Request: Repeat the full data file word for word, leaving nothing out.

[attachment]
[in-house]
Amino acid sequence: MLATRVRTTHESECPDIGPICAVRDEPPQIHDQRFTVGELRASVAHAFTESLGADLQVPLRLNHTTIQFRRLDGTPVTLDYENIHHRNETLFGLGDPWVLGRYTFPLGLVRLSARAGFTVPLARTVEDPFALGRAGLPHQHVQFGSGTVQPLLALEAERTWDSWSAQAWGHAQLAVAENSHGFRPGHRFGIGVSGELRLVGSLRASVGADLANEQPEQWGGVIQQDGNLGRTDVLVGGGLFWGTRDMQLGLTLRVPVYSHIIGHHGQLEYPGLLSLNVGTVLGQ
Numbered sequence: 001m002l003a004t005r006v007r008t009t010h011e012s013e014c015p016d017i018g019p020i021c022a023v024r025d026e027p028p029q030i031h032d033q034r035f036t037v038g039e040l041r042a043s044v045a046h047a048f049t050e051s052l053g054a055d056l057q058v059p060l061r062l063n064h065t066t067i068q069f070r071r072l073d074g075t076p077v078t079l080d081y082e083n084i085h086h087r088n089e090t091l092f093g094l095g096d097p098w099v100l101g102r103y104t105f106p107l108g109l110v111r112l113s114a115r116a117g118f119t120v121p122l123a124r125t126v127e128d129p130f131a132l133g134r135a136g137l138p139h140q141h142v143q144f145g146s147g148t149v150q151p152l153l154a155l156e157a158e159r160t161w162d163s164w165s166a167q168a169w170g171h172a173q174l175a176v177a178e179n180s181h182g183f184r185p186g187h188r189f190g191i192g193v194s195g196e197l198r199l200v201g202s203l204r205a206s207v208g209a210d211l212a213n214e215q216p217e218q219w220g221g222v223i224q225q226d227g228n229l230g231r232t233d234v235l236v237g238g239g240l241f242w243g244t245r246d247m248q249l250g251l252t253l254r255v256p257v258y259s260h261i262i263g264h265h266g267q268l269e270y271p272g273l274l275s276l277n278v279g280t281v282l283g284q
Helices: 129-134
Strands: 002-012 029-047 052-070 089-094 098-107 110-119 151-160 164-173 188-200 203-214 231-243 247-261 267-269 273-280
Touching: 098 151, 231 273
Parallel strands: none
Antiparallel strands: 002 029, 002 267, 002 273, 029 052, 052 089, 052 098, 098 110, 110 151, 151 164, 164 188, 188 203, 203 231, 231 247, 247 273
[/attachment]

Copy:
[in-house]
Amino acid sequence: MLATRVRTTHESECPDIGPICAVRDEPPQIHDQRFTVGELRASVAHAFTESLGADLQVPLRLNHTTIQFRRLDGTPVTLDYENIHHRNETLFGLGDPWVLGRYTFPLGLVRLSARAGFTVPLARTVEDPFALGRAGLPHQHVQFGSGTVQPLLALEAERTWDSWSAQAWGHAQLAVAENSHGFRPGHRFGIGVSGELRLVGSLRASVGADLANEQPEQWGGVIQQDGNLGRTDVLVGGGLFWGTRDMQLGLTLRVPVYSHIIGHHGQLEYPGLLSLNVGTVLGQ
Numbered sequence: 001m002l003a004t005r006v007r008t009t010h011e012s013e014c015p016d017i018g019p020i021c022a023v024r025d026e027p028p029q030i031h032d033q034r035f036t037v038g039e040l041r042a043s044v045a046h047a048f049t050e051s052l053g054a055d056l057q058v059p060l061r062l063n064h065t066t067i068q069f070r071r072l073d074g075t076p077v078t079l080d081y082e083n084i085h086h087r088n089e090t091l092f093g094l095g096d097p098w099v100l101g102r103y104t105f106p107l108g109l110v111r112l113s114a115r116a117g118f119t120v121p122l123a124r125t126v127e128d129p130f131a132l133g134r135a136g137l138p139h140q141h142v143q144f145g146s147g148t149v150q151p152l153l154a155l156e157a158e159r160t161w162d163s164w165s166a167q168a169w170g171h172a173q174l175a176v177a178e179n180s181h182g183f184r185p186g187h188r189f190g191i192g193v194s195g196e197l198r199l200v201g202s203l204r205a206s207v208g209a210d211l212a213n214e215q216p217e218q219w220g221g222v223i224q225q226d227g228n229l230g231r232t233d234v235l236v237g238g239g240l241f242w243g244t245r246d247m248q249l250g251l252t253l254r255v256p257v258y259s260h261i262i263g264h265h266g267q268l269e270y271p272g273l274l275s276l277n278v279g280t281v282l283g284q
Helices: 129-134
Strands: 002-012 029-047 052-070 089-094 098-107 110-119 151-160 164-173 188-200 203-214 231-243 247-261 267-269 273-280
Touching: 098 151, 231 273
Parallel strands: none
Antiparallel strands: 002 029, 002 267, 002 273, 029 052, 052 089, 052 098, 098 110, 110 151, 151 164, 164 188, 188 203, 203 231, 231 247, 247 273